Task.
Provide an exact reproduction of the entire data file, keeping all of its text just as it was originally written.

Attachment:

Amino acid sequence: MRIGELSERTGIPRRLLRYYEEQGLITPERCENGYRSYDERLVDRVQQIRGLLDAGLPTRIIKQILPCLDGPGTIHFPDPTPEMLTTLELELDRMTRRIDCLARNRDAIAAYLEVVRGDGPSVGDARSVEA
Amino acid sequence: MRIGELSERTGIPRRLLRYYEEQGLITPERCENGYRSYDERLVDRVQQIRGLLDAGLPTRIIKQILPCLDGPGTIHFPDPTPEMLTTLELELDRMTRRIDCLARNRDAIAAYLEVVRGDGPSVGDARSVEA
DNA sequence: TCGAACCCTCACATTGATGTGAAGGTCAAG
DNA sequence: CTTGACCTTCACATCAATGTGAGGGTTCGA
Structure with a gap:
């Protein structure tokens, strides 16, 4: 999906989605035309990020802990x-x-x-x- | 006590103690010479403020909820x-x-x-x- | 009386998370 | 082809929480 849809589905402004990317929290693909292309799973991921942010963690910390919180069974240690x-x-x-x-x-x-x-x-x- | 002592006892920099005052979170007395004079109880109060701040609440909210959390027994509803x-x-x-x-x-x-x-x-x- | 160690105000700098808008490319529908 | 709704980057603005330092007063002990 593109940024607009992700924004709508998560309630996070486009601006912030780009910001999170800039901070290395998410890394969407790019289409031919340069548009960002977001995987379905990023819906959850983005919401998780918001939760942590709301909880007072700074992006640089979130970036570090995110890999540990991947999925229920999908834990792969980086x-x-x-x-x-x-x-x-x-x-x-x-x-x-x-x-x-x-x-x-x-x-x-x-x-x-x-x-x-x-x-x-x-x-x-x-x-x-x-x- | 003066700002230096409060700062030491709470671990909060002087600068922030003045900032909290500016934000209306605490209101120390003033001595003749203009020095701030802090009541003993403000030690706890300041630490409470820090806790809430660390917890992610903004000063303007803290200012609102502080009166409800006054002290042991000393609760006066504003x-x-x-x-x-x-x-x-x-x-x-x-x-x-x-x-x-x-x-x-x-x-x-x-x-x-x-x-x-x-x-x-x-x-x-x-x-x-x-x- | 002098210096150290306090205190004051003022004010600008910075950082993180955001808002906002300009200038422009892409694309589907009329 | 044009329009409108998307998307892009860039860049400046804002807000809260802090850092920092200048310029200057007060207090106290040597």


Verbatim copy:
Amino acid sequence: MRIGELSERTGIPRRLLRYYEEQGLITPERCENGYRSYDERLVDRVQQIRGLLDAGLPTRIIKQILPCLDGPGTIHFPDPTPEMLTTLELELDRMTRRIDCLARNRDAIAAYLEVVRGDGPSVGDARSVEA
Amino acid sequence: MRIGELSERTGIPRRLLRYYEEQGLITPERCENGYRSYDERLVDRVQQIRGLLDAGLPTRIIKQILPCLDGPGTIHFPDPTPEMLTTLELELDRMTRRIDCLARNRDAIAAYLEVVRGDGPSVGDARSVEA
DNA sequence: TCGAACCCTCACATTGATGTGAAGGTCAAG
DNA sequence: CTTGACCTTCACATCAATGTGAGGGTTCGA
Structure with a gap:
């Protein structure tokens, strides 16, 4: 999906989605035309990020802990x-x-x-x- | 006590103690010479403020909820x-x-x-x- | 009386998370 | 082809929480 849809589905402004990317929290693909292309799973991921942010963690910390919180069974240690x-x-x-x-x-x-x-x-x- | 002592006892920099005052979170007395004079109880109060701040609440909210959390027994509803x-x-x-x-x-x-x-x-x- | 160690105000700098808008490319529908 | 709704980057603005330092007063002990 593109940024607009992700924004709508998560309630996070486009601006912030780009910001999170800039901070290395998410890394969407790019289409031919340069548009960002977001995987379905990023819906959850983005919401998780918001939760942590709301909880007072700074992006640089979130970036570090995110890999540990991947999925229920999908834990792969980086x-x-x-x-x-x-x-x-x-x-x-x-x-x-x-x-x-x-x-x-x-x-x-x-x-x-x-x-x-x-x-x-x-x-x-x-x-x-x-x- | 003066700002230096409060700062030491709470671990909060002087600068922030003045900032909290500016934000209306605490209101120390003033001595003749203009020095701030802090009541003993403000030690706890300041630490409470820090806790809430660390917890992610903004000063303007803290200012609102502080009166409800006054002290042991000393609760006066504003x-x-x-x-x-x-x-x-x-x-x-x-x-x-x-x-x-x-x-x-x-x-x-x-x-x-x-x-x-x-x-x-x-x-x-x-x-x-x-x- | 002098210096150290306090205190004051003022004010600008910075950082993180955001808002906002300009200038422009892409694309589907009329 | 044009329009409108998307998307892009860039860049400046804002807000809260802090850092920092200048310029200057007060207090106290040597």